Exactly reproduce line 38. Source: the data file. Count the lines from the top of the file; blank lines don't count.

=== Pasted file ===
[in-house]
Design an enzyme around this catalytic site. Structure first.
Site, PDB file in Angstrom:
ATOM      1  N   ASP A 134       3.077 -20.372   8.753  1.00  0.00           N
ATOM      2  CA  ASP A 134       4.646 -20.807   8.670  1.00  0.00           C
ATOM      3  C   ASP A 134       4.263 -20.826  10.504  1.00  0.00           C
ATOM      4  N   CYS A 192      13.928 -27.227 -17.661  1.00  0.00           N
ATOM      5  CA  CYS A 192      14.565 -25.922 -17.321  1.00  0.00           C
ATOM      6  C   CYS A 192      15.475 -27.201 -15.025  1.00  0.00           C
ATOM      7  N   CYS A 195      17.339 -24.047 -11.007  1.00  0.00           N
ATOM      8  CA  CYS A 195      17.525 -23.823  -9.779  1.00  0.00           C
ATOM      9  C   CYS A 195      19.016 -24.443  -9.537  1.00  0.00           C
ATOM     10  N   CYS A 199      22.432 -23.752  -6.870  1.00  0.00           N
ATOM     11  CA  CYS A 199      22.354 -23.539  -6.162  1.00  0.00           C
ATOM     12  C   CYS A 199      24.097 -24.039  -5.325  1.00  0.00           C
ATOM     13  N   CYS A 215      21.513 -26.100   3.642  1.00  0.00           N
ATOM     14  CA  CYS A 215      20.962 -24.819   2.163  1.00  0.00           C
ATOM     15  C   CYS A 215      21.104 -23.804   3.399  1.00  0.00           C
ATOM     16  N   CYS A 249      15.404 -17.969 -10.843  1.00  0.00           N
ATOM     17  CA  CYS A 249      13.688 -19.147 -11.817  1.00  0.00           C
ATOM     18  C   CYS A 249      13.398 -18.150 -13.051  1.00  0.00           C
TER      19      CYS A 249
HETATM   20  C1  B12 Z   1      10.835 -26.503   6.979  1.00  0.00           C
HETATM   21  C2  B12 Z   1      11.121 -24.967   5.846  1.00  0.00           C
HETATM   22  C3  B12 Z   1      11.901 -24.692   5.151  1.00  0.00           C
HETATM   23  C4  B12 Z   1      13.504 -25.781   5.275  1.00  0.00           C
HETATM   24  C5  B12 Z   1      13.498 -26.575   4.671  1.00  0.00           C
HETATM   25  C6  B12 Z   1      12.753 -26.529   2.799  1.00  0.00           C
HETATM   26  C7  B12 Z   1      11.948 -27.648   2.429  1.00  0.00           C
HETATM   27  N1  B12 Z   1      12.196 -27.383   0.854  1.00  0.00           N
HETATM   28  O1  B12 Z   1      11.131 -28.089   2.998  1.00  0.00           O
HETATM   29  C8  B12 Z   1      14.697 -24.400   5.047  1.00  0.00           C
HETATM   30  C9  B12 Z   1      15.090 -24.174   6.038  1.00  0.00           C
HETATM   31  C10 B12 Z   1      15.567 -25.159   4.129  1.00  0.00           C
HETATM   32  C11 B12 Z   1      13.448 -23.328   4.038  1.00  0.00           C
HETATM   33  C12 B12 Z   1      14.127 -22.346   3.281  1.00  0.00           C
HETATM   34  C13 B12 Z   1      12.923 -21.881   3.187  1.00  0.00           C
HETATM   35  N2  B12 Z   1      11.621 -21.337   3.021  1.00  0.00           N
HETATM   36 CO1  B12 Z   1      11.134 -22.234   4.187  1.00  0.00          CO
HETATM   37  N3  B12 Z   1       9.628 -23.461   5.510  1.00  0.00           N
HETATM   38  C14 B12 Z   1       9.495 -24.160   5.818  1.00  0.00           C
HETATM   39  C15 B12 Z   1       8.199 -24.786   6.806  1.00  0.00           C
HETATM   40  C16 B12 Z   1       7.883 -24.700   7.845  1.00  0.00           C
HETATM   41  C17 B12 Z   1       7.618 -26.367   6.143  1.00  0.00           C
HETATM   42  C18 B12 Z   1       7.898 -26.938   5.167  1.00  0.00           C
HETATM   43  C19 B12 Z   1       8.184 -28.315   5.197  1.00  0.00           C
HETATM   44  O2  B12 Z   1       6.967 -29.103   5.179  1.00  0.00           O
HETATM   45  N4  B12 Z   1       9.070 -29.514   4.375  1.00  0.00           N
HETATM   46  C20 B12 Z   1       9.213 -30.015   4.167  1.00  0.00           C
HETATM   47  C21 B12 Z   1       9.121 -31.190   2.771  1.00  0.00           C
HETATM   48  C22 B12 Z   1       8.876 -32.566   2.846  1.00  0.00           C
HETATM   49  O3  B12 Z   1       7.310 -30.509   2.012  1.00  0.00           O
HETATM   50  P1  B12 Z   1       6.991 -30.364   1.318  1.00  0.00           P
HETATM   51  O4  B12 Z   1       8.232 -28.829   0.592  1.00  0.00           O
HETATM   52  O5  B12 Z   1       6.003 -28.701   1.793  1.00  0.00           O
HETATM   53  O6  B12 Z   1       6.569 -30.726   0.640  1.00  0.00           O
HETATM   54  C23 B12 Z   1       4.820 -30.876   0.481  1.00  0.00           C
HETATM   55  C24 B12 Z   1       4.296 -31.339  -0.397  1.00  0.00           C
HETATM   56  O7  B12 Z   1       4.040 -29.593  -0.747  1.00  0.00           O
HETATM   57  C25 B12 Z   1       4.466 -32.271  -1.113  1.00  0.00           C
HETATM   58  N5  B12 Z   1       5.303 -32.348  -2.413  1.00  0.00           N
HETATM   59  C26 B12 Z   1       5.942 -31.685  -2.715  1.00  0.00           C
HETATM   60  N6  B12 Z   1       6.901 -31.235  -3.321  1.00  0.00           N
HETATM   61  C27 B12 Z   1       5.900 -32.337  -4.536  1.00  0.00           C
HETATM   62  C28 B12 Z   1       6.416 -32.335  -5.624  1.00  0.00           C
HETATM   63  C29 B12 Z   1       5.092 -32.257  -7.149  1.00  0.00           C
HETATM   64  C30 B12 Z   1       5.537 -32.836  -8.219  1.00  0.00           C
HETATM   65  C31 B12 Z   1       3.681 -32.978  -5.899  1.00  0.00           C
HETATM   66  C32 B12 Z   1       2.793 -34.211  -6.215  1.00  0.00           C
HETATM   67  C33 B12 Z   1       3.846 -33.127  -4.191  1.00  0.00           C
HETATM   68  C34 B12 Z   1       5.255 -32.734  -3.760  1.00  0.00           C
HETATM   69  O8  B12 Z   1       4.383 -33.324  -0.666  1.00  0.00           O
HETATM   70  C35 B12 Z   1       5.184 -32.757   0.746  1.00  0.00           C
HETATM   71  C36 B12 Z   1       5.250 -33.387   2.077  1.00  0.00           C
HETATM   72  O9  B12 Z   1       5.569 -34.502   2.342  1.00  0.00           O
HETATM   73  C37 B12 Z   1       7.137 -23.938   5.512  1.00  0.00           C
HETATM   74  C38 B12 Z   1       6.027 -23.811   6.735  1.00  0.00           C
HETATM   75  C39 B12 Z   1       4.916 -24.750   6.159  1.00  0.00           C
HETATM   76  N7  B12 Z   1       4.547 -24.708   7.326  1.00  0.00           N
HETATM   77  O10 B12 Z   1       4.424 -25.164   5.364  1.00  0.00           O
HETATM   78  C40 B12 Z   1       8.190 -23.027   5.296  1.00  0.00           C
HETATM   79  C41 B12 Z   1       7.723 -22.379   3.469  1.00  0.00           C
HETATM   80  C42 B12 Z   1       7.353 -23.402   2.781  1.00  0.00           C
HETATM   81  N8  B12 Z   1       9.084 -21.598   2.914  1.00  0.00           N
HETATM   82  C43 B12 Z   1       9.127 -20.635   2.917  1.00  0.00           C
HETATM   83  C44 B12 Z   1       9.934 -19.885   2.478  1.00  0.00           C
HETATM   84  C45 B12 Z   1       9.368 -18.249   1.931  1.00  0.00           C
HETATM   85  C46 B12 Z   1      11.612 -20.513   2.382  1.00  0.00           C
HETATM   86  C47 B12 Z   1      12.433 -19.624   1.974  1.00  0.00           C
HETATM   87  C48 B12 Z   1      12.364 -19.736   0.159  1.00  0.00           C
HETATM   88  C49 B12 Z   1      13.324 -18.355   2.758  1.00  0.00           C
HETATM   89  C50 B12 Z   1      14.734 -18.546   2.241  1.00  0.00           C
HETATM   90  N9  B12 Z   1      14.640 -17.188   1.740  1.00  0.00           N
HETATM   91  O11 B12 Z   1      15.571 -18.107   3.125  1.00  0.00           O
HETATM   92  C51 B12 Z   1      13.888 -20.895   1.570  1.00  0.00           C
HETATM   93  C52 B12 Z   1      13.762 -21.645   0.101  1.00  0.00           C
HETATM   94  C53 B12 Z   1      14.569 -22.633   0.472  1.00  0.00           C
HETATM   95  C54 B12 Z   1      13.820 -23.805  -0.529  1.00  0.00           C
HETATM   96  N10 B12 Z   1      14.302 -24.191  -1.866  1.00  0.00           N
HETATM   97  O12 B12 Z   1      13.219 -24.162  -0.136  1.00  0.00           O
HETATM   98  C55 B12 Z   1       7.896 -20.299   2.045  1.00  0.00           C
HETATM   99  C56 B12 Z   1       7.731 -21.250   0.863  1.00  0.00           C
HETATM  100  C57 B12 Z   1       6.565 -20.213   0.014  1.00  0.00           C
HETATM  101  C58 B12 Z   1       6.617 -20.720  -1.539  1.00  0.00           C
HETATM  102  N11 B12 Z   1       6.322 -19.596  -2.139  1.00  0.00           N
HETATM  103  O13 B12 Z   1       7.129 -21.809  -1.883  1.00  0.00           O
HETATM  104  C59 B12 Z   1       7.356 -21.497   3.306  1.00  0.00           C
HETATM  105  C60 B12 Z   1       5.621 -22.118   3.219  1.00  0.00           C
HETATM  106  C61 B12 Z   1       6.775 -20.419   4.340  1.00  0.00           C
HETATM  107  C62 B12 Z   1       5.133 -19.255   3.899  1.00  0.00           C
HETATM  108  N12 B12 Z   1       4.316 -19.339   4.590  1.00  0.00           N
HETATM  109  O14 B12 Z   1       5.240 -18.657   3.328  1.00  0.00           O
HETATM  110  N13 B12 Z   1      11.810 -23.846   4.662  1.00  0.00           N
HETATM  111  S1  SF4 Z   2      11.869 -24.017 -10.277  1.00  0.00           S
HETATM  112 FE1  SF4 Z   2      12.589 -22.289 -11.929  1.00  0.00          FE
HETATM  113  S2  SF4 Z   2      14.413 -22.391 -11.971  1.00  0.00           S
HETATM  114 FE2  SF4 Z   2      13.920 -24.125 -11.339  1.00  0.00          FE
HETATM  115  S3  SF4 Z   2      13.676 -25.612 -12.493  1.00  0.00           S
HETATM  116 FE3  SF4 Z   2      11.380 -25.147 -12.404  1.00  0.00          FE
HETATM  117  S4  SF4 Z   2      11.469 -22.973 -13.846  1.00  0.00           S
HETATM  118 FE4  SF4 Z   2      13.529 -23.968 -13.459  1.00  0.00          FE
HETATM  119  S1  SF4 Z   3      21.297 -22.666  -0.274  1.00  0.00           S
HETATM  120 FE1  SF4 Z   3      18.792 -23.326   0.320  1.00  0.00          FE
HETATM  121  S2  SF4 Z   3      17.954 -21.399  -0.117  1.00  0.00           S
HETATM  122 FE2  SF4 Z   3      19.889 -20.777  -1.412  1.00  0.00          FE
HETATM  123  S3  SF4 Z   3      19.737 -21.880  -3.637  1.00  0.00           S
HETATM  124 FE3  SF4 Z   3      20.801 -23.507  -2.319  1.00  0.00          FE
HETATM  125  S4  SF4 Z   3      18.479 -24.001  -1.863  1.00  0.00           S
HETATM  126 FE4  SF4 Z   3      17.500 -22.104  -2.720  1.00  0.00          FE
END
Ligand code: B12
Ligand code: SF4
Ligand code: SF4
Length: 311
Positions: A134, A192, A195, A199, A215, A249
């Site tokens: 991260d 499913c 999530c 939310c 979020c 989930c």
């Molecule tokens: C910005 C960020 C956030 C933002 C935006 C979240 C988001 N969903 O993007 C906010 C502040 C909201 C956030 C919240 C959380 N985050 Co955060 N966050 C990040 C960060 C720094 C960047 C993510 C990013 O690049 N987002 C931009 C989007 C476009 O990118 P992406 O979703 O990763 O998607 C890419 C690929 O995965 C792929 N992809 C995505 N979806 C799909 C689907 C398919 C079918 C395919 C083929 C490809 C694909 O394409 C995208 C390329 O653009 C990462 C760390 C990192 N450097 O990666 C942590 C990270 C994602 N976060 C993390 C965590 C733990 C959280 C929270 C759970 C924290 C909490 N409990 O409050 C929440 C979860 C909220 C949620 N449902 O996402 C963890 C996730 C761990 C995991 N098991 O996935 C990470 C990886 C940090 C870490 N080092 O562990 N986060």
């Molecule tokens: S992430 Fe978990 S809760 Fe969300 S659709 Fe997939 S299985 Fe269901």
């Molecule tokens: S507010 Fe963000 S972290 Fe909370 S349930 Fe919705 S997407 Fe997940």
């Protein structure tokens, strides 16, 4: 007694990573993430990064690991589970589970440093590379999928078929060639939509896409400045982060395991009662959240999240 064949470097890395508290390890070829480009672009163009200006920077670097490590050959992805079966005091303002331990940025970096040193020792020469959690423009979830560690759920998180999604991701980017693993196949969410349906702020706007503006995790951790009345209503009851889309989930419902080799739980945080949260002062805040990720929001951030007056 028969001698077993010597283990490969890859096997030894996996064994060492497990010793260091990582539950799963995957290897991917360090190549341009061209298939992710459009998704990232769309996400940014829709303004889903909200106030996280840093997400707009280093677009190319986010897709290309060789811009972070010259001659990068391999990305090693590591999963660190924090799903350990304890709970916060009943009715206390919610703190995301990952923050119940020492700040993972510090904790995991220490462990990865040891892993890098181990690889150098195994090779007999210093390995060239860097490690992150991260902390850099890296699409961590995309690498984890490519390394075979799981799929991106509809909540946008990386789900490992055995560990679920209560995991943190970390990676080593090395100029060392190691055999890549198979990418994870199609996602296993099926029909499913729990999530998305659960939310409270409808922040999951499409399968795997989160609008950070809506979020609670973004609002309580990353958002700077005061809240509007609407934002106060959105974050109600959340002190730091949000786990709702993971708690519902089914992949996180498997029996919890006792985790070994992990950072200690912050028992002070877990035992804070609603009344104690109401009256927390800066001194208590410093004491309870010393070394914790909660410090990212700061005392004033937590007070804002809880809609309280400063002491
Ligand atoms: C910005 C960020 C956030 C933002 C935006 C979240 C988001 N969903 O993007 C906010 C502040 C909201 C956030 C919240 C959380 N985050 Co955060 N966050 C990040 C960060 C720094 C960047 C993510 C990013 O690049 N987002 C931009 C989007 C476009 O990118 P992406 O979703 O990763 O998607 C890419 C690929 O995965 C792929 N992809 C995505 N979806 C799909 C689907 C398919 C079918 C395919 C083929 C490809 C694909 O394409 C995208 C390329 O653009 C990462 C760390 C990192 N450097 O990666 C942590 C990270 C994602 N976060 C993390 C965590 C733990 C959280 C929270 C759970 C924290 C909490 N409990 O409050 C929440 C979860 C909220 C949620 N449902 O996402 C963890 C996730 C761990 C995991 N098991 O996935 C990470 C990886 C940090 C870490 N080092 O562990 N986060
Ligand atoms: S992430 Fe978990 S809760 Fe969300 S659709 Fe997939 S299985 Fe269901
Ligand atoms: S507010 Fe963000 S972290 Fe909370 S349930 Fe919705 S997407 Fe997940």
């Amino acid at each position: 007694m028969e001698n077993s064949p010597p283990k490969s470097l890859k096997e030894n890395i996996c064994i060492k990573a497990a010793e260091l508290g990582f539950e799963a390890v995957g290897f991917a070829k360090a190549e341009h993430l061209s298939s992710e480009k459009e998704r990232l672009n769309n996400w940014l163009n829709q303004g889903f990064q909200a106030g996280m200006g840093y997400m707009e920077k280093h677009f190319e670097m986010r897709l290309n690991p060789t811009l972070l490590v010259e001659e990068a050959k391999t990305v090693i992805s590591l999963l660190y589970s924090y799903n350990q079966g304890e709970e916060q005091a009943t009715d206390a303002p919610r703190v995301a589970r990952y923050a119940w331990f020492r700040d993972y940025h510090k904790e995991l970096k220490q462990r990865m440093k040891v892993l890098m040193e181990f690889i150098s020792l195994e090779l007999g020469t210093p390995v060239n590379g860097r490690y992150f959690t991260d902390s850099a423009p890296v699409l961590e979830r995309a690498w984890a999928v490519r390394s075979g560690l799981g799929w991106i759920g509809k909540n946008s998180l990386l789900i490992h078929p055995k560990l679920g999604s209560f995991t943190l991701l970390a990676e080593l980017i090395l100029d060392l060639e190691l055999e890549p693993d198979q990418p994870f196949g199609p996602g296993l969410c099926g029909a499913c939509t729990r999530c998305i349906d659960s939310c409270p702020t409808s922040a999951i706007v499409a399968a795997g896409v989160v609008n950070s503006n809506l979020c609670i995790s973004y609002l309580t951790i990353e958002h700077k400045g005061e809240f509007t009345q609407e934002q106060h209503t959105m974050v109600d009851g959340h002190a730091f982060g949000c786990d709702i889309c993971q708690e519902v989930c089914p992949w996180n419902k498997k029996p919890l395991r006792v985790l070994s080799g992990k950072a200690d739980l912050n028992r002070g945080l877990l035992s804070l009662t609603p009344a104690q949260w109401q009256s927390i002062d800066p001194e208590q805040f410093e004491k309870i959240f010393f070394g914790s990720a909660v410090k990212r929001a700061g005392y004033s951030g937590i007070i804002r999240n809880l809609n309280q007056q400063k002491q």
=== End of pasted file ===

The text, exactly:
HETATM   35  N2  B12 Z   1      11.621 -21.337   3.021  1.00  0.00           N